14. Thanks for the post, Adam. As a young 25 year old Christian only 12 years into Christianity but 4 years into my walk as a reformed believer, I agree with your points. Although like you said, it can’t be said of every member if the group, I definitely recognize the same patterns. I found it a burden to try and overlook when I continuously noticed it. I think this is affirmation enough for myself to take a step aside from the group and really evaluate what it is I’m wanting from a community like that.

    On a side note, I grew up and was saved in Florida (Ft.Lauderdale). I never knew anything existed beyond the charismatic arminian theology that floods that region. I wish I could have learned more about the BIBLE while I was out there instead of just “The Spirit” and “feeling” what God is doing. Keep teaching the Word and I thank you for standing up a reformed church in a place that I very well know needs all the solid Bible teaching it can get. God bless.

  15. I recently left the Facebook group, but am continuing the podcast.

    I see much more immaturity in the Facebook group than in the podcast. And I see that some have called you out for not being an agent of change, adding maturity to the group. I tried that tactic for a month or two. It doesn’t work when you are speaking with a YRR person who already has all the answers that they need. Of course, that is a lack of humility that you have recognized as you have progressed. But just try to convince a YRR Christian that they would do well to listen to the voice of experience! Unless you are a published pastor who speaks routinely at conferences. Then try to recognize the idolatry in the YRR refusal to listen to the viewpoints of caring Christians who are trying to speak directly to them. Yes, there are splinters and logs on both sides. And I don’t claim to be without sin here myself.

    Then there’s the moderation of the group. I have had more than one statement removed. Always without warning, Never with any citation. Is it too much to expect a moderatior to comment the reason another person’s comment was removed? A problem pub member doesn’t need every removal to be cited. They need to be uninvited from the pub! Why am I mentioning this at all? The Pub is, at the foundation, a CHRISTIAN group. Not everybody in there consumes alcohol. That’s OK. There are a few Catholic members, probably some athiest lurkers, that’s OK also. But the overarching reason for the pub is for Christians to converse. I have shared some of my struggles in there, requesting prayer, only to see the posts vanish into thin air. And no, I was not describing heinous sins in graphic detail. I also challenged a comment by another member. I presented my viewpoint and provided scripture, then invited him to respond in kind. My comment was removed with no reason given and I complained in the same thread. And you know what? My “oppenent” agreed with ME that the discussion was completely appropriate.

    I have been a Christian now for eleven years. Ten of those as a Reformed Christian. I remember before we had YRR, we had TR (Totally Reformed). When I was a TR, I was shopping around to find a Geneva Bible, had a man crush on John Piper and thought I had all of the answers. I was arrogant, respected by many of my TR peers and overly argumentative with ofher Christians over matters that we ultimately agreed on, but for slight variations in understanding. I repented and continue to repent of my pride. The most vocal members of the Facebook group remind me of me a decade ago. What did I lack at that time? Humility and discipleship. Did I think I had both at the time? You bet I did. What showed me my desperate need? God humbled me mightily. Then he put a Godly man in my path to disciple me. God is known for smashing idols. He is a fool who makes an idol of himself.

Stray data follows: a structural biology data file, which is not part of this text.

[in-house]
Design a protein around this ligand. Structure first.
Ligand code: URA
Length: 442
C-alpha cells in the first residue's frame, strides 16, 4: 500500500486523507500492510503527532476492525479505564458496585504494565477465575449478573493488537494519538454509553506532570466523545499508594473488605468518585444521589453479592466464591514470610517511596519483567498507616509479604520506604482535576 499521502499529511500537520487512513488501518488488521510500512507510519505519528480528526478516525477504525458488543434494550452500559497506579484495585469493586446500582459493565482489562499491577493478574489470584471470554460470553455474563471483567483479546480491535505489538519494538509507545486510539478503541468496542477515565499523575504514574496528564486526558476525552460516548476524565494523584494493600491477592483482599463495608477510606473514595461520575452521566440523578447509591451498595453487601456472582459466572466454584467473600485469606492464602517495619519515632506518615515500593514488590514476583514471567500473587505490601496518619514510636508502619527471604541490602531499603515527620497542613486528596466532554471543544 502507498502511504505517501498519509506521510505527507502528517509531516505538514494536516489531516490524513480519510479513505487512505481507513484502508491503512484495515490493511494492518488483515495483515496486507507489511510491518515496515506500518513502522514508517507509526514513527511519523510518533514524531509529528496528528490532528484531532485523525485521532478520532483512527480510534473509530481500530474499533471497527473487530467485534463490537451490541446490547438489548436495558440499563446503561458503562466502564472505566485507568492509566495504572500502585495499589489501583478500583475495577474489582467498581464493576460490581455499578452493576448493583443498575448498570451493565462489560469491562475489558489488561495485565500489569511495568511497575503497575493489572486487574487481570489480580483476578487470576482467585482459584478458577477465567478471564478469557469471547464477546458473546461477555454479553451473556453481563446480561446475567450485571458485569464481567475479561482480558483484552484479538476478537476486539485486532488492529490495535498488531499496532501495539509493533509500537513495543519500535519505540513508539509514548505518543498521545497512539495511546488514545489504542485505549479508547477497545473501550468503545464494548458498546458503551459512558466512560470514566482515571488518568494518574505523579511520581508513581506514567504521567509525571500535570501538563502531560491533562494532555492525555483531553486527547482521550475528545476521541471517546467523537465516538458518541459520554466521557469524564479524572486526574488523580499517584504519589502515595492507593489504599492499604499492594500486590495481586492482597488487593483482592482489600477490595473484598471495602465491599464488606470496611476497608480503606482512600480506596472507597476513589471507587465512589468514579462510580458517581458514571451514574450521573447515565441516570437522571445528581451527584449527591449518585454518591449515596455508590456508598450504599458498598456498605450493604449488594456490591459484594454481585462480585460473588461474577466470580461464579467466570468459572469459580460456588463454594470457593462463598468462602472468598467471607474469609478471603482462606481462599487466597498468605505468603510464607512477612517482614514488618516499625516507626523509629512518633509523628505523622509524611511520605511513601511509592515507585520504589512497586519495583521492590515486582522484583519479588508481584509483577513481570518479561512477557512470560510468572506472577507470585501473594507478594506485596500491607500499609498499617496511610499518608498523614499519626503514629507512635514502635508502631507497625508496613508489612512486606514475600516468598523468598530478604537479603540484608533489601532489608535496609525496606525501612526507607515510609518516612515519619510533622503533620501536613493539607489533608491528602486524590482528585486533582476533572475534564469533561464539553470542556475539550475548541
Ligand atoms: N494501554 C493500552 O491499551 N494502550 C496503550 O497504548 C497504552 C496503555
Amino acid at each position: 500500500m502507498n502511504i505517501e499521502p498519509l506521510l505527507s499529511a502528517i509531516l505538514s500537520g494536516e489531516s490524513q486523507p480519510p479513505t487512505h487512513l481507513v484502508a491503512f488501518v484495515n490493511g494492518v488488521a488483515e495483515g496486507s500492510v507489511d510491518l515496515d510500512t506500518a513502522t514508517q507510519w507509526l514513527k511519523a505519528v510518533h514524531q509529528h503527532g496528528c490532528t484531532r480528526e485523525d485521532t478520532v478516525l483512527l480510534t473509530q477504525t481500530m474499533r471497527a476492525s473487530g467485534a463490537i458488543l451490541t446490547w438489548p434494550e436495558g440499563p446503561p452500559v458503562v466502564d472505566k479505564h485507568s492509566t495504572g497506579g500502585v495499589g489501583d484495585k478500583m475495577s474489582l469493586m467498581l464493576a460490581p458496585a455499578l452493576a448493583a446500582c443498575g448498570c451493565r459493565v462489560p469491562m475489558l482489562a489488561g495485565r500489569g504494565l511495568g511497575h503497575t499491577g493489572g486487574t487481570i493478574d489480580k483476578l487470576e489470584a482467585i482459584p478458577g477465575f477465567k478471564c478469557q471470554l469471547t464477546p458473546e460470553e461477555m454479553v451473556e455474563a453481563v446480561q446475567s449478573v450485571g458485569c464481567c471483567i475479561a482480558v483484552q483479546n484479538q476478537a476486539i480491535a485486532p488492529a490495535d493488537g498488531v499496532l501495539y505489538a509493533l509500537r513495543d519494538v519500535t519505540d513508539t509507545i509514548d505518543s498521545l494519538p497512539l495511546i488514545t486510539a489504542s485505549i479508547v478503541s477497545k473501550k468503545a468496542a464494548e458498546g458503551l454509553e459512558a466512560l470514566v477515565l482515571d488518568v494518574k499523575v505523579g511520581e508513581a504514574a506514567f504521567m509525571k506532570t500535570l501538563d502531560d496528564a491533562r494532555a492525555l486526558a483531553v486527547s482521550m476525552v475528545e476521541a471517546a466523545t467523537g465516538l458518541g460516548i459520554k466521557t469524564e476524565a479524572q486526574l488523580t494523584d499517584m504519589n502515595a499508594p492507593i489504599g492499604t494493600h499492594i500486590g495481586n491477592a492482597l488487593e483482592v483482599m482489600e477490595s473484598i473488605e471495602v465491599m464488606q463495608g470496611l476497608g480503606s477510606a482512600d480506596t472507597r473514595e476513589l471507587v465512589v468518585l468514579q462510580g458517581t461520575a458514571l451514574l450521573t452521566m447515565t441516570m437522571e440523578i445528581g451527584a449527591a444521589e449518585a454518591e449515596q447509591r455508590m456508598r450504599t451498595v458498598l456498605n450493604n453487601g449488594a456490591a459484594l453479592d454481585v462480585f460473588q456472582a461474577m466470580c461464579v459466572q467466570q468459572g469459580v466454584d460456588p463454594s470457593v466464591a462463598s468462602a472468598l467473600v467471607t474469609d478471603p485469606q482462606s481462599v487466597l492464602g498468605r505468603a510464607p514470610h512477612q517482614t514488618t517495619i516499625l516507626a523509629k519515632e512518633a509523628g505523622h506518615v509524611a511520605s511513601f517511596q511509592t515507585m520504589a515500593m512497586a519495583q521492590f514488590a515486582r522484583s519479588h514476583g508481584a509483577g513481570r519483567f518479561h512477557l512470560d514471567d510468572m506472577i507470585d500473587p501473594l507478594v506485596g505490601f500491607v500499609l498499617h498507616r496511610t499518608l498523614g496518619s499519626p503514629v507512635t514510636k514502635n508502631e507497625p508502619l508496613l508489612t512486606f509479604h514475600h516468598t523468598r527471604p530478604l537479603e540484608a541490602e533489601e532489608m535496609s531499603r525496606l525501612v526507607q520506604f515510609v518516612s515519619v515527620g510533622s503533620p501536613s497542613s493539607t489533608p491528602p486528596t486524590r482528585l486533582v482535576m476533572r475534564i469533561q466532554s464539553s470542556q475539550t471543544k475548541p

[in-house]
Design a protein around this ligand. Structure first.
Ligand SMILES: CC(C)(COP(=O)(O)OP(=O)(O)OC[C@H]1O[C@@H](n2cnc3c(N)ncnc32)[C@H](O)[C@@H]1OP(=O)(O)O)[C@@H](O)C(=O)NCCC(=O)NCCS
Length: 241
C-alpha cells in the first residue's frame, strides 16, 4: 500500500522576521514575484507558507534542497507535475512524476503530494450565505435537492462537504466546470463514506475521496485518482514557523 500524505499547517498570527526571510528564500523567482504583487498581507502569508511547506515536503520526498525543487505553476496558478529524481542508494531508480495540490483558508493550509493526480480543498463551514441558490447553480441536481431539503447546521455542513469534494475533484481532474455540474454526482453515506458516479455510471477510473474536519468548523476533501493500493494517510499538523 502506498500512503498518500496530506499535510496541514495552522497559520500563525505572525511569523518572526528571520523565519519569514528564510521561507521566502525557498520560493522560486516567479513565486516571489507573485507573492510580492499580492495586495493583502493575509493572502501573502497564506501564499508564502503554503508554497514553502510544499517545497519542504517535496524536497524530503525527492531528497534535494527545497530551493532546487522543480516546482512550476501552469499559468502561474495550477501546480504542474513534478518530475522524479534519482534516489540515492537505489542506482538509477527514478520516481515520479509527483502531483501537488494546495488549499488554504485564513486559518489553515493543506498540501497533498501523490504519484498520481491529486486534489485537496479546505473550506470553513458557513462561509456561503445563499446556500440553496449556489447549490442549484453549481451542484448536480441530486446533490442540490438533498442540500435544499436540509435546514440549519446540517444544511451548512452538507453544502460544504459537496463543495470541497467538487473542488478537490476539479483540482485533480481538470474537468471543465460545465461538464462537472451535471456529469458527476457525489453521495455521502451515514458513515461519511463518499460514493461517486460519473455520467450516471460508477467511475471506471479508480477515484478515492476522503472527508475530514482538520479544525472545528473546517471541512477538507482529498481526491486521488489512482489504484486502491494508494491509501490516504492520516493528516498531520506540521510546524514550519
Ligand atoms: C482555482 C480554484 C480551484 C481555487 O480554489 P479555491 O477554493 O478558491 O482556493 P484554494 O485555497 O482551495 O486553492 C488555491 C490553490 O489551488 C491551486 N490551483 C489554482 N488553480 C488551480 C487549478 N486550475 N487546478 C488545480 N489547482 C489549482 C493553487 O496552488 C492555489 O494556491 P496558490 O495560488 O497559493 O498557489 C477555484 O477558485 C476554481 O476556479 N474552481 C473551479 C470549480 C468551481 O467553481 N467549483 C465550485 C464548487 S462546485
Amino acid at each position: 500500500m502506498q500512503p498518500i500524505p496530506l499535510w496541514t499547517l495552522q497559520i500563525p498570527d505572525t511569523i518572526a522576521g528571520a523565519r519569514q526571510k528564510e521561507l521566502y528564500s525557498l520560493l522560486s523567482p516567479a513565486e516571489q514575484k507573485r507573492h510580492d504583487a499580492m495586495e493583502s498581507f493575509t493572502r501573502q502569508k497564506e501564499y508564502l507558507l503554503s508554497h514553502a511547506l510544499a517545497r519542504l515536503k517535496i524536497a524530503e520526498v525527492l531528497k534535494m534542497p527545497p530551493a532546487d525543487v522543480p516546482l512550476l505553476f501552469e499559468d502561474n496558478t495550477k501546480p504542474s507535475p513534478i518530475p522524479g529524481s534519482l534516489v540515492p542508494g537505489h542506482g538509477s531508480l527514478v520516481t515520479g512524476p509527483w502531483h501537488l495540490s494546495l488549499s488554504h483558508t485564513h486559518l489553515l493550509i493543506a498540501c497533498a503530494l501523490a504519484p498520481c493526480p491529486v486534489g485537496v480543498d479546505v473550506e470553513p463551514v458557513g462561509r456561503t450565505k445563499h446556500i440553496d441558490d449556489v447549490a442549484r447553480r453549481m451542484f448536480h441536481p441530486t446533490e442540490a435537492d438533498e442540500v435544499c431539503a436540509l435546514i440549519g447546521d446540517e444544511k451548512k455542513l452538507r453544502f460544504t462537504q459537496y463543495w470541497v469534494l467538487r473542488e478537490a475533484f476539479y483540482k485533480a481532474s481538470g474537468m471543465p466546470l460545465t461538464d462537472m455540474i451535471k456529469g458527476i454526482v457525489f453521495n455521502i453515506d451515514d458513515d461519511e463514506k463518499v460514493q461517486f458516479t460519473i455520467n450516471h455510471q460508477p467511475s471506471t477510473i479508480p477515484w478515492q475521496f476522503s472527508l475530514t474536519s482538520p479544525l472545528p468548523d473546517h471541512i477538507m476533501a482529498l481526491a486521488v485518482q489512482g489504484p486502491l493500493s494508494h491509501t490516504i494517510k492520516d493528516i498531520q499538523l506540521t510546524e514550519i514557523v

I am listening to my first podcast since I left the Facebook group right now. I have lost some of the interactiveness that I had before, but not a whole lot really. My FB wall, or timeline, or whatever, is much more useful. Will I continue to listen? It’s just another podcast now. As long as it is informative and entertaining, I probably will. In fact, after seperating the podcast from the Facebook group, my experience is enhanced.

    1. Thanks for your comment Doug. I think too many people experience what you and I have from the YRR community.

      Glad God is chasing you down, praise Him!

  16. While I haven’t “officially” left the RP as a subscriber (I listen only–I don’t do Facebook), I feel lead as I’ve been growing in holiness, the call to forsake alcohol. The scripture that really got me was 1 Peter 4:1-2. Knowing the will of God is for my sanctification as well as for sobriety, and feeling called to enter into a gospel heralding ministry (aka evangelism & street preaching), I believe it would be for my benefit and for God’s glory to forsake drinking. I really enjoy having a drink but I feel the benefits of abstinence from alcohol in obedience to the Spirit far outweigh the temporal pleasures of feeding the flesh. And I feel as I grow in holiness that to hold onto this God given pleasure (Ecclesiastes) in moderation, to have alcohol on a pedestal in my life is just selfish and immature.

    But all that aside, I really wanted to applaud some points Powers made in his article. The last episode I heard on the RP was Episode 79. Hearing them play the question game and joking coarsely about things Shia LaBeouf and James Franco had said has just made me ashamed to be associated with this. Christians are to be separate from the world and set apart unto holiness and obedience. The things men esteem are an abomination to the Lord. I was sickened to hear the things discussed in this episode (particularly the James Franco stuff). This kind of thinking shouldn’t be associated with a follower of Christ (Col 3:2). I don’t listen to this show to let worldly smut pollute my mind, but if that’s the direction the RP is going,then I don’t think I’ll be subscribed for much longer.

    If anyone has good recommendations for evangelism and witnessing podcasts they can recommend me, please tweet me the name. God bless!

  17. Keep up the good work, Adam. You are spot-on in everything that you say. Your gracious responses to flak from the Reformed Pub crew suggest a vital, authentic, and lively Christianity. God bless you, brother!